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Blasts, gunfire hit Kabul military hospital

Spectr News Theme Al Jazeera News
8 March, 2017

Thirty people killed at Sardar Daud Khan hospital in central Kabul, officials say, in attack claimed by ISIL.

At least 30 people have been killed in a bomb and gun attack on a military hospital in Afghanistan's capital, officials said, as ISIL claimed responsibility for the raid via social media.

Defence ministry officials said the attack started at 9:00 with a blast at the front gate of the Sardar Daud Khan hospital in the Wazir Akbar Khan area, central Kabul on Wednesday.

The gunmen, dressed as medical personnel, took position on upper floors of the hospital and engaged special forces sent to the scene, officials said.

Dawlat Waziri, spokesman for the defence ministry, told Al Jazeera three attackers with automatic weapons and hand grenades entered the complex, the largest of its kind in the Afghan capital.

"Our security forces engaged but they were also careful to not cause any casualties. It was a difficult situation," Waziri said.

Security forces blocked off the area around the hospital, near a busy traffic intersection. As fighting went on, a second explosion struck inside the hospital.

Some patients climbed out of the building and could be seen sheltering on window ledges visible from outside the hospital, which treats military casualties from across Afghanistan.

ISIL claims attack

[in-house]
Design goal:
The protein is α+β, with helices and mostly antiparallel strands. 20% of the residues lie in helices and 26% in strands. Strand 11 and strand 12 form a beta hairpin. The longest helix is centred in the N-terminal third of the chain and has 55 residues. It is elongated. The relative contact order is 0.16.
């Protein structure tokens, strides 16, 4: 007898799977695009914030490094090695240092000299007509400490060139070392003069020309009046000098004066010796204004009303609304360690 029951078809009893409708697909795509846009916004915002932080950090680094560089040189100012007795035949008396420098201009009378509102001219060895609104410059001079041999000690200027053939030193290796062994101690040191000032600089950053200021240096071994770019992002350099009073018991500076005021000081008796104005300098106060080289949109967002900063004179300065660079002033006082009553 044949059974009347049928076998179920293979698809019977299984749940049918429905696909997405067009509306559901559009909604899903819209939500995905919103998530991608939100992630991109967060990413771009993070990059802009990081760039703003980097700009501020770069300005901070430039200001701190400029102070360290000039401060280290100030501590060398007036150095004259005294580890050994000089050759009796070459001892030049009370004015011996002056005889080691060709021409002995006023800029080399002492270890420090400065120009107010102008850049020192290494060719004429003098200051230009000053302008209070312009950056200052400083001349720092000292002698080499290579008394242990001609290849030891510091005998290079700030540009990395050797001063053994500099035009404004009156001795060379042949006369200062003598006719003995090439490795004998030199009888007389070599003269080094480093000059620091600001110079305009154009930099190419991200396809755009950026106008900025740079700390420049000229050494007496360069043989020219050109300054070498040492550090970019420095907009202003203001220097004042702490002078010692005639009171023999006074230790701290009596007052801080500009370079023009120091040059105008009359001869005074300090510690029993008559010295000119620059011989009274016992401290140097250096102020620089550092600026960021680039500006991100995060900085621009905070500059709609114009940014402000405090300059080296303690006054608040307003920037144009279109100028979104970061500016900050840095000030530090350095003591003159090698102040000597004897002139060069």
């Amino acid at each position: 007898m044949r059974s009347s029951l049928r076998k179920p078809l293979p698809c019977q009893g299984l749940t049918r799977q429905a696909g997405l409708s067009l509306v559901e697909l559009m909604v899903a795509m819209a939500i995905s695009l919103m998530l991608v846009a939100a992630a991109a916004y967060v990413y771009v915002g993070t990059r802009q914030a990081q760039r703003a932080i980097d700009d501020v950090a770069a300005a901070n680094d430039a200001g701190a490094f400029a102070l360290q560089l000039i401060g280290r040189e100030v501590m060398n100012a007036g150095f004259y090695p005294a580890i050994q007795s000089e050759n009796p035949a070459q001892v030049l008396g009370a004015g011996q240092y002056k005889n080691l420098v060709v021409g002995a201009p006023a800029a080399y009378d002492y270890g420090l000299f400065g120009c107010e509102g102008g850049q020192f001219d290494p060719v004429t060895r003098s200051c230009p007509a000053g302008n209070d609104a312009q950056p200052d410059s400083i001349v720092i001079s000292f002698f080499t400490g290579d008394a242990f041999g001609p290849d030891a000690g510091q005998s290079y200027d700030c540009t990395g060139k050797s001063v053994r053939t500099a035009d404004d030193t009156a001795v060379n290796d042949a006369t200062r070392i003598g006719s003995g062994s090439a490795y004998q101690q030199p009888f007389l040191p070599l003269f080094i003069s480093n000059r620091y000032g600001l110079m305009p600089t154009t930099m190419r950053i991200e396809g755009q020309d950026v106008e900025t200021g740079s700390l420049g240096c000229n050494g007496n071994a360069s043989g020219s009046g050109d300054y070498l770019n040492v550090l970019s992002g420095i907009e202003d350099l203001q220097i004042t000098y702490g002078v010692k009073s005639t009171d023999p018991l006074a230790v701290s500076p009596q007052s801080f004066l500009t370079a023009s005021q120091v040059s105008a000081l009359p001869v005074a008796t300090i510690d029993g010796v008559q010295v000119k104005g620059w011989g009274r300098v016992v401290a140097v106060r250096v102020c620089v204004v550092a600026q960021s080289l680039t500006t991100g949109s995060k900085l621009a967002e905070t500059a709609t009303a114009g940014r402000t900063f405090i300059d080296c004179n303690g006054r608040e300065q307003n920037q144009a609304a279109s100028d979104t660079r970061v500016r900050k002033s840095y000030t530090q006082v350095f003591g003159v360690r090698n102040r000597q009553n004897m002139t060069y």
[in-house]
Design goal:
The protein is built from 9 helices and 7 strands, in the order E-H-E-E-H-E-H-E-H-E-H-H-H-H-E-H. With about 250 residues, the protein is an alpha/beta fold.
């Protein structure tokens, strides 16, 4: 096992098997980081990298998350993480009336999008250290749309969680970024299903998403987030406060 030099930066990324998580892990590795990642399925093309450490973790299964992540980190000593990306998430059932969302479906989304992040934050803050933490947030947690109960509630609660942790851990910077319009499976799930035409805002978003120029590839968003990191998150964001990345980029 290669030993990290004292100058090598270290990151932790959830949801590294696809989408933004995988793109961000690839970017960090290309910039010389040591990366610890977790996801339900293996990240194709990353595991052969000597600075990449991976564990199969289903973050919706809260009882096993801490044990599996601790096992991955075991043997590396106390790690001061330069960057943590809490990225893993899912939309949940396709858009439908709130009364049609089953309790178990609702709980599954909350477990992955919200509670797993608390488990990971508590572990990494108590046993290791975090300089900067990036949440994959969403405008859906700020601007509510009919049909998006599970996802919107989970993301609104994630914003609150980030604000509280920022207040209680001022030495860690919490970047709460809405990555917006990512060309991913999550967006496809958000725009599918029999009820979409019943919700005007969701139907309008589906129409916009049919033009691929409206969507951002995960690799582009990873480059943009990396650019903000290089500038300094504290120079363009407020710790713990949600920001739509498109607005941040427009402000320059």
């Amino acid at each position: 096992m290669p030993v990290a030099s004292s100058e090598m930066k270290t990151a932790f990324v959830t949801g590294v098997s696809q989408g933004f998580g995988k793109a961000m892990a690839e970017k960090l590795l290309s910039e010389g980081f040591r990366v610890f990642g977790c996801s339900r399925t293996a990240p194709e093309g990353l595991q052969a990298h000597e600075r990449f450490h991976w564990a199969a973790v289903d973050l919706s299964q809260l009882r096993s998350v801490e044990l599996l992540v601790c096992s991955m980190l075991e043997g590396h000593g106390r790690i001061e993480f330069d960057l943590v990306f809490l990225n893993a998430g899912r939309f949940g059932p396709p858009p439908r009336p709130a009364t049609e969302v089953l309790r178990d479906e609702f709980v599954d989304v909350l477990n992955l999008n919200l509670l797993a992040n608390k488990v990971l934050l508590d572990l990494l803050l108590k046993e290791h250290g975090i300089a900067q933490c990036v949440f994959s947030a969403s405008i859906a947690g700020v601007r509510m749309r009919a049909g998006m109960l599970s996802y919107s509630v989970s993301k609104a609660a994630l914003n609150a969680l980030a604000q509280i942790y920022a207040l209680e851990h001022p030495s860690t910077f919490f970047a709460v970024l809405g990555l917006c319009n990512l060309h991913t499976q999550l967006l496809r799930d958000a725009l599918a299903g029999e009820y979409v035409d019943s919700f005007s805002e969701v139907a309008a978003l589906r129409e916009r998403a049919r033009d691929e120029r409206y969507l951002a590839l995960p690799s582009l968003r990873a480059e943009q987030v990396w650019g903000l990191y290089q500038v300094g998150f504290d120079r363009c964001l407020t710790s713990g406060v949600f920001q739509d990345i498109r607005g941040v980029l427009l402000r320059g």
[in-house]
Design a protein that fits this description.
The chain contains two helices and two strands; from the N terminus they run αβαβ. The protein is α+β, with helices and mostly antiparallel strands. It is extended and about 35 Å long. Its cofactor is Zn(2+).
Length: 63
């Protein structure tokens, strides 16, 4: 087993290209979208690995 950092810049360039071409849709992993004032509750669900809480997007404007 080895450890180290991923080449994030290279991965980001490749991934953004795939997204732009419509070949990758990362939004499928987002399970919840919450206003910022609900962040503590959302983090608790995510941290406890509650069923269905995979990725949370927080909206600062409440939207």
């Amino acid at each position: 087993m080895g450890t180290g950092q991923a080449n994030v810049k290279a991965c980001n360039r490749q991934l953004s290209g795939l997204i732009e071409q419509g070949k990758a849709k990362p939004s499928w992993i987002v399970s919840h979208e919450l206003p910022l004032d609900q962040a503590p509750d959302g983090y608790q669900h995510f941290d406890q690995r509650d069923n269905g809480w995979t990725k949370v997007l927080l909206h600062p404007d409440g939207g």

The Islamic State of Iraq and the Levant (ISIL) group claimed responsibility for the attack, hours after the initial blast. "Infiltrators from the Islamic State attacked the military hospital in Kabul," the group said via a verified Telegram account.

President Ashraf Ghani condemned the attack saying it "trampled on all human values".

"In all religions, a hospital is regarded as an immune site and attacking it is attacking the whole of Afghanistan," he said in impromptu remarks during a speech for International Women's Day in Kabul.

The Wazir Akbar Khan area of central Kabul is heavily guarded and houses several government offices and foreign embassies.

The attack comes a week after 16 people were killed in simultaneous Taliban suicide assaults on two security compounds in Kabul.

Dozens of others were wounded as a suicide car bomber struck an Afghan police precinct in western Kabul and a five-hour gun battle ensued after another attacker snuck in, sending clouds of smoke billowing into the sky.

In the second attack, a suicide bomber blew himself up at the gates of an Afghan intelligence agency branch in eastern Kabul.

The growing violence underscores rising insecurity in Afghanistan over the resurgent Taliban.

The country is bracing for an intense fighting season in the spring as the government's repeated bids to launch peace negotiations with the Taliban have failed.

Kabul last month endorsed US general John Nicholson's call for thousands of additional coalition troops in Afghanistan to fend off the group before the spring offensive.

Extra troops were needed to end the stalemate in the war, Nicholson, the top US commander in Afghanistan, told the US Congress in what could be President Donald Trump's first major test of military strategy.

Separately, the Pentagon this year said it would deploy some 300 US Marines this spring to Helmand province alone.

The Marines will assist a NATO-led mission to train Afghan forces, in the latest sign that foreign forces are increasingly being drawn back into the worsening conflict.

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